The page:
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Penny Perry









                                     for my grandfather




The old men in yarmulkes

sit at card tables, flimsy, unstable

in the wind.


After the wars, after the pogroms,

pinochle and borscht at noon.


Ocean and fog. The smell of fish

from the market. Synagogue steps

the color of salt.


Across town the bells of Saint Monica’s

chime the hour.


The old men remember village bells

at Easter how the bells sang

“Christ killers. Christ killers.”


How soon after Church bells

the Cossacks came.


The old men in yarmulkes still hear

the horses hooves

the hiss of houses on fire.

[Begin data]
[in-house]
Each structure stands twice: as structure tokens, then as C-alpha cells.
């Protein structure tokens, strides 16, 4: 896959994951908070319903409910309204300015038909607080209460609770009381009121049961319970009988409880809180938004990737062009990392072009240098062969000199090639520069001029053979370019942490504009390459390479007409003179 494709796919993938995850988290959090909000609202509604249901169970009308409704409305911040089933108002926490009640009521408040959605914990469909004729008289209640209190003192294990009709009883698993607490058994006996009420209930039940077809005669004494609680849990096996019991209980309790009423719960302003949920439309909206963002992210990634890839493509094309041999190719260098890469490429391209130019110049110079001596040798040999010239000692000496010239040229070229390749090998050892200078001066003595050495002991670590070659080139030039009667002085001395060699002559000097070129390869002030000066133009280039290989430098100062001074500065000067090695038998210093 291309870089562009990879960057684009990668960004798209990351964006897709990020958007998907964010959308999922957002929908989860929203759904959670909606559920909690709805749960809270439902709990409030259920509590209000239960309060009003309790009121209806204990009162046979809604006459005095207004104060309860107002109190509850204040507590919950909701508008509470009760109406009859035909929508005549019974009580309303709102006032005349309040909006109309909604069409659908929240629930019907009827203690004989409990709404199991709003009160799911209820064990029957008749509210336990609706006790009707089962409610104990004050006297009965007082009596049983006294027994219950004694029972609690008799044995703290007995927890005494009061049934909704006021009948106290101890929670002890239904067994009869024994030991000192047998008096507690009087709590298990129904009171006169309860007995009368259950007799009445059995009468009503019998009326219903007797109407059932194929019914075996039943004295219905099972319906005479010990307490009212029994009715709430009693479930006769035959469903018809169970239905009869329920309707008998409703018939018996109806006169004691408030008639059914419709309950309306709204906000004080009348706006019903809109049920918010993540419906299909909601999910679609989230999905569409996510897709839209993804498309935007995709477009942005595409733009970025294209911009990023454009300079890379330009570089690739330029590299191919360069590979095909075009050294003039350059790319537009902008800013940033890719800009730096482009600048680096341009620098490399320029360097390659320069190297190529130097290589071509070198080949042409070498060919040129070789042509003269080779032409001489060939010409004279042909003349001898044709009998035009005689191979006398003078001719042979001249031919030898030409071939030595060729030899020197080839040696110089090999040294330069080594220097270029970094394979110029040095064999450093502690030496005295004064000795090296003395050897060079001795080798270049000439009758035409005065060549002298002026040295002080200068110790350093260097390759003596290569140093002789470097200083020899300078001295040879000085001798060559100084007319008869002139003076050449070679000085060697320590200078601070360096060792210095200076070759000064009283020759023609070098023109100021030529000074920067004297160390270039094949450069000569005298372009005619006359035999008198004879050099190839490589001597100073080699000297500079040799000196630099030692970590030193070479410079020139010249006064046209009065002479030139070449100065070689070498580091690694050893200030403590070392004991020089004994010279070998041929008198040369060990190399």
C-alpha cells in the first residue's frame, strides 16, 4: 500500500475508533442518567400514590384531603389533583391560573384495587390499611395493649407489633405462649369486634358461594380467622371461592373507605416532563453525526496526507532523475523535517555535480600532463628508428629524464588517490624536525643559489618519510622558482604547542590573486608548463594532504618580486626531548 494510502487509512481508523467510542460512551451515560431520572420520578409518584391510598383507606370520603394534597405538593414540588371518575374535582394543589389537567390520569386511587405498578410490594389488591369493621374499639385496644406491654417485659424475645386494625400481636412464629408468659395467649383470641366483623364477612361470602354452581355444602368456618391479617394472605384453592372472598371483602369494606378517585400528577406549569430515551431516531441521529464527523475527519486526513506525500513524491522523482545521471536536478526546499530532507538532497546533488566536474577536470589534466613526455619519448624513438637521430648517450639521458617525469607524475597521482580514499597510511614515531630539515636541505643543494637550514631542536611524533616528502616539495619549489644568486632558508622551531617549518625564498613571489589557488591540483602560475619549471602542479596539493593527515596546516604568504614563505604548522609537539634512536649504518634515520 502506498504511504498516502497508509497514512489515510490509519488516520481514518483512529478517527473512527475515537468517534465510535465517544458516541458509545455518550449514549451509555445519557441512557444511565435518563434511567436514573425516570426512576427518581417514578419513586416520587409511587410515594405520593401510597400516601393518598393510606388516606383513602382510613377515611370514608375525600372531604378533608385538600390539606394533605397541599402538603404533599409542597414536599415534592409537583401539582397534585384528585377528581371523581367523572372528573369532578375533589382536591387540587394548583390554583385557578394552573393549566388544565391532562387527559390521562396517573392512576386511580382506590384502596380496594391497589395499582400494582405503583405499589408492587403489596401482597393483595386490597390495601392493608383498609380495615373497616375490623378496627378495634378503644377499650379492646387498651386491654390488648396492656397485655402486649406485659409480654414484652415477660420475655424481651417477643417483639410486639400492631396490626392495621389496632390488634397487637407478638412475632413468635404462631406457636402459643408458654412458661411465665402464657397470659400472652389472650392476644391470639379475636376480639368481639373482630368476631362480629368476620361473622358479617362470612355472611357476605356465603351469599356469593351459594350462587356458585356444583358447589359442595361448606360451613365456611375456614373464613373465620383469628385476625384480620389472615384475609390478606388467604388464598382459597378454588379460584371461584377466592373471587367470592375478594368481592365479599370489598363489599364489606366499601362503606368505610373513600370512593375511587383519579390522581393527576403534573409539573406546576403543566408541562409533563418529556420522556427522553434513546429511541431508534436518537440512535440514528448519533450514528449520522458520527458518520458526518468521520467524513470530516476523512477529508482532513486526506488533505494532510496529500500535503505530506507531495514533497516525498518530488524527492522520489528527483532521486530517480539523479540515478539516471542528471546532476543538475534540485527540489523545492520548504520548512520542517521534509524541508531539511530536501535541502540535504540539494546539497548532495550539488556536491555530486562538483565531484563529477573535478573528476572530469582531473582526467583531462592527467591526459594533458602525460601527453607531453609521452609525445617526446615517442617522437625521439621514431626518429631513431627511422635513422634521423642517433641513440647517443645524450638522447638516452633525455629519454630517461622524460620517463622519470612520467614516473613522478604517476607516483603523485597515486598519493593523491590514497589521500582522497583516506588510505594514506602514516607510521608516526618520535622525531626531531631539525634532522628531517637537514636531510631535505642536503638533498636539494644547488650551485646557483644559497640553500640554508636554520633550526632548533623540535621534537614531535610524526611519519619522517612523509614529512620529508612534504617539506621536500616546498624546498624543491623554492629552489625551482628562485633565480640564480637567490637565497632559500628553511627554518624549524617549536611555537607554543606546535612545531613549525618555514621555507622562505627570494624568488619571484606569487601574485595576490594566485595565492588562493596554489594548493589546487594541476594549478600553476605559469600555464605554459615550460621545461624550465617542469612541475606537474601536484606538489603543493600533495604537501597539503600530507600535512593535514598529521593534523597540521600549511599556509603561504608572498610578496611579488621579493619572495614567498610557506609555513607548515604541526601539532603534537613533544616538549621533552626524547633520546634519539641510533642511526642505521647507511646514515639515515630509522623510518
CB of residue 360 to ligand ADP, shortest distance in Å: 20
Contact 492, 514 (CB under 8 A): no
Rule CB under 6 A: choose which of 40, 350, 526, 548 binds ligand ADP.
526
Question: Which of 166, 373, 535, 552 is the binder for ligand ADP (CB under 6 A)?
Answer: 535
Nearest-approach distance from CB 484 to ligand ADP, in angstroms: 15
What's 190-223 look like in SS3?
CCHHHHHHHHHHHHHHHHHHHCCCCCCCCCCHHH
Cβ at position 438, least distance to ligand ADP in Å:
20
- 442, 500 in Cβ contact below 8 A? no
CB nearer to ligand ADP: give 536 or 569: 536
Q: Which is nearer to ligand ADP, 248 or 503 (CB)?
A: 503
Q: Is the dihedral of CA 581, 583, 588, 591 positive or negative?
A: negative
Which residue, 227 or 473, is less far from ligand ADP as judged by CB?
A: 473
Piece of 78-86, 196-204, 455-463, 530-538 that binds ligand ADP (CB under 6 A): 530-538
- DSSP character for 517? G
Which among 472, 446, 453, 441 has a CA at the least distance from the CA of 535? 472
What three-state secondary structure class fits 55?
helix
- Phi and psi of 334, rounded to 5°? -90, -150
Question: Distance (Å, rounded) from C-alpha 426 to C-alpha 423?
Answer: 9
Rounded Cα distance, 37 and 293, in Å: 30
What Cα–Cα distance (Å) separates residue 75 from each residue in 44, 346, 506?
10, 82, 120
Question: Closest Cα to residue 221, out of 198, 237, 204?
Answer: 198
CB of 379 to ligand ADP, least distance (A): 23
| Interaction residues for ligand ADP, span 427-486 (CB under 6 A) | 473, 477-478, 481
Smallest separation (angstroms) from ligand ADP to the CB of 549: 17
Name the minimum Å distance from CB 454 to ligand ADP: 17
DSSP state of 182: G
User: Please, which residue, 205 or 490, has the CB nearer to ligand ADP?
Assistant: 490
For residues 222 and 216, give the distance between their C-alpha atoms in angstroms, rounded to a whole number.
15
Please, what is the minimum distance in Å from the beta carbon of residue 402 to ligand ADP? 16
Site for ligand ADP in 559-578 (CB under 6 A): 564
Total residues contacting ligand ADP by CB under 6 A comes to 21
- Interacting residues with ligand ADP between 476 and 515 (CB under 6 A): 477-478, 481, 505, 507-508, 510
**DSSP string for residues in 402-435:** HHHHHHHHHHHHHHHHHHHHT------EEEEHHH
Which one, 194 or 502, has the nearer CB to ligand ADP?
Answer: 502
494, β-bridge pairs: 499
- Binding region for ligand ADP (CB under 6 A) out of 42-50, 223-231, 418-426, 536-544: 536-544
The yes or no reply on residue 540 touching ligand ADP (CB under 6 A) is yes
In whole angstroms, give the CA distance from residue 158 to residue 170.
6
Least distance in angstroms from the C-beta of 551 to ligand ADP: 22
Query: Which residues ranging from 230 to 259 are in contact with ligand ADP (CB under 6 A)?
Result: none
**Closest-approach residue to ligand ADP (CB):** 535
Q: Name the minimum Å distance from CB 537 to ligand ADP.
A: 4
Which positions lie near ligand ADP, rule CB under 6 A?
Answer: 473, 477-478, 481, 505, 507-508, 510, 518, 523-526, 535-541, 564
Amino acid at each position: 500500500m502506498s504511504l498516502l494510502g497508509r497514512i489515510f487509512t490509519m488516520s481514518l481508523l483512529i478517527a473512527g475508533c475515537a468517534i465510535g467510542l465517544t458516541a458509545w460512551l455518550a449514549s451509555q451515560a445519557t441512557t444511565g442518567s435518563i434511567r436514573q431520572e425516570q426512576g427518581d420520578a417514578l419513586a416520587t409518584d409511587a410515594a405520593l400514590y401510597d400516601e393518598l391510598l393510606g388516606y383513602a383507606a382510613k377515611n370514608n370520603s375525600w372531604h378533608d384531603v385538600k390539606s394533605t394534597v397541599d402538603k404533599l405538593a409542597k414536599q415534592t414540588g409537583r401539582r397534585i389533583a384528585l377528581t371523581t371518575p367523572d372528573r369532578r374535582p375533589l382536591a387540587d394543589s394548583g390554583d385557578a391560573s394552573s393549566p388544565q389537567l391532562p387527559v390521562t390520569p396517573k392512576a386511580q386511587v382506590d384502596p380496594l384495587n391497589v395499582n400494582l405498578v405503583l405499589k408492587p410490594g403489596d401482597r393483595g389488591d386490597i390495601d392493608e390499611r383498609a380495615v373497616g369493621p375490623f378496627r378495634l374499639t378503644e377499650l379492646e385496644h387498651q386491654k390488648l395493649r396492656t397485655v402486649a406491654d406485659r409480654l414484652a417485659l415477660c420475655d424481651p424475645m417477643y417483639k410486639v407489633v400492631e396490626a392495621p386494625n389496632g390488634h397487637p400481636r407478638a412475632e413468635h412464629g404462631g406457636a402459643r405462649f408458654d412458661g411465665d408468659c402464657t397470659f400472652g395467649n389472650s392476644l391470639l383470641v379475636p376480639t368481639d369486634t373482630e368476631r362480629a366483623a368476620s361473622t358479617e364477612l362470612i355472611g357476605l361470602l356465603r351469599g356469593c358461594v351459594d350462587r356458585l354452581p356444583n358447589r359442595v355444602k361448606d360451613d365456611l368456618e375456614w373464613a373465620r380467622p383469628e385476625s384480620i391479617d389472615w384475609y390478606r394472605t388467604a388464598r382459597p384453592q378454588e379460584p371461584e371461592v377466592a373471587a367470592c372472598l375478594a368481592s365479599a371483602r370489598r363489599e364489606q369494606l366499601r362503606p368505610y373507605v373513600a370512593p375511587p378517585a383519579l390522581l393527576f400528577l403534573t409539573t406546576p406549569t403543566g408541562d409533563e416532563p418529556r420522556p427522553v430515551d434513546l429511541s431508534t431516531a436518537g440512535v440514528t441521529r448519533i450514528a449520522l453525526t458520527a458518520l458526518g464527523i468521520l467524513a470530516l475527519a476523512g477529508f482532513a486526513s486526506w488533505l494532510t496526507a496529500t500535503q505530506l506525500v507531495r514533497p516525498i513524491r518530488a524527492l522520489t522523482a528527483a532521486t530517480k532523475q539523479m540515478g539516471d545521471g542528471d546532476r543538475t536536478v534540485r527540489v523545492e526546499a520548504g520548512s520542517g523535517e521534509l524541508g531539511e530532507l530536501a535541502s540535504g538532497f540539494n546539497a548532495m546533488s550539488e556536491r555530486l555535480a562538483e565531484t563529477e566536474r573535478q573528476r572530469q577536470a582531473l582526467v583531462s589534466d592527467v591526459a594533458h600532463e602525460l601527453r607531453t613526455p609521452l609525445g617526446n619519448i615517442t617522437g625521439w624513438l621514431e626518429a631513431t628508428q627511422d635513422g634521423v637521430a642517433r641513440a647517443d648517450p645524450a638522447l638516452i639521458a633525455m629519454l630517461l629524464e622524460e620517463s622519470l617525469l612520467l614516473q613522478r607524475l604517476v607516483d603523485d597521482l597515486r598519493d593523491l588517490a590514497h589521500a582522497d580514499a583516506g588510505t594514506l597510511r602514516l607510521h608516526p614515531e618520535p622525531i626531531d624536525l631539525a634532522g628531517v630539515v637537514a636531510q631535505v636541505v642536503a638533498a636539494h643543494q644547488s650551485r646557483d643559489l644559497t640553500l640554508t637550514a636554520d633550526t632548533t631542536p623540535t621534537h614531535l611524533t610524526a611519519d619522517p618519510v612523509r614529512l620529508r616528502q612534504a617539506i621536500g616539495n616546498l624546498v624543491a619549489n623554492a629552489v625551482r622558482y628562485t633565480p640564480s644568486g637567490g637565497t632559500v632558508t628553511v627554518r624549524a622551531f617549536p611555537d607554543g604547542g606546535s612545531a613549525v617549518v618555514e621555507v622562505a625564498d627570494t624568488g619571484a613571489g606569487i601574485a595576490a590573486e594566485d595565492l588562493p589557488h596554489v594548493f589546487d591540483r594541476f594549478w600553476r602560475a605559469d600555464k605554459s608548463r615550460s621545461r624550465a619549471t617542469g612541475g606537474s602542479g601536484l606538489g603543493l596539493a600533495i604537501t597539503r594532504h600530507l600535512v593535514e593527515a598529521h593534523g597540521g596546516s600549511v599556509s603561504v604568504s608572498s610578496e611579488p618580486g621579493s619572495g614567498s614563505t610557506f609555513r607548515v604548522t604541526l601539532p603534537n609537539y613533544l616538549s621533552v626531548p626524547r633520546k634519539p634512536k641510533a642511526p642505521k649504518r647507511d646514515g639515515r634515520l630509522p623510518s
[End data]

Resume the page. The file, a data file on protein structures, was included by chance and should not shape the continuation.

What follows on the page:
Salt from the ocean on their lips,

the old men in America,

stare at the sea,


hear the prayers of waves.







Penny Perry has been widely published as a poet, most recently in Lilith and the San Diego Poetry Annual. Her fiction has appeared in Redbook and California Quarterly. She was the first woman admitted to The American Film Institute screenwriting program, and a film based on her script, A Berkeley Christmas, aired on PBS.


A three-time Pushcart Prize nominee in both fiction and poetry, she was born and raised in Santa Monica, the setting for her first collection of poetry, Santa Monica Disposal & Salvage (Garden Oak Press, 2012), available at Amazon via CreateSpace.


KNOT Magazine Fall Issue 2014
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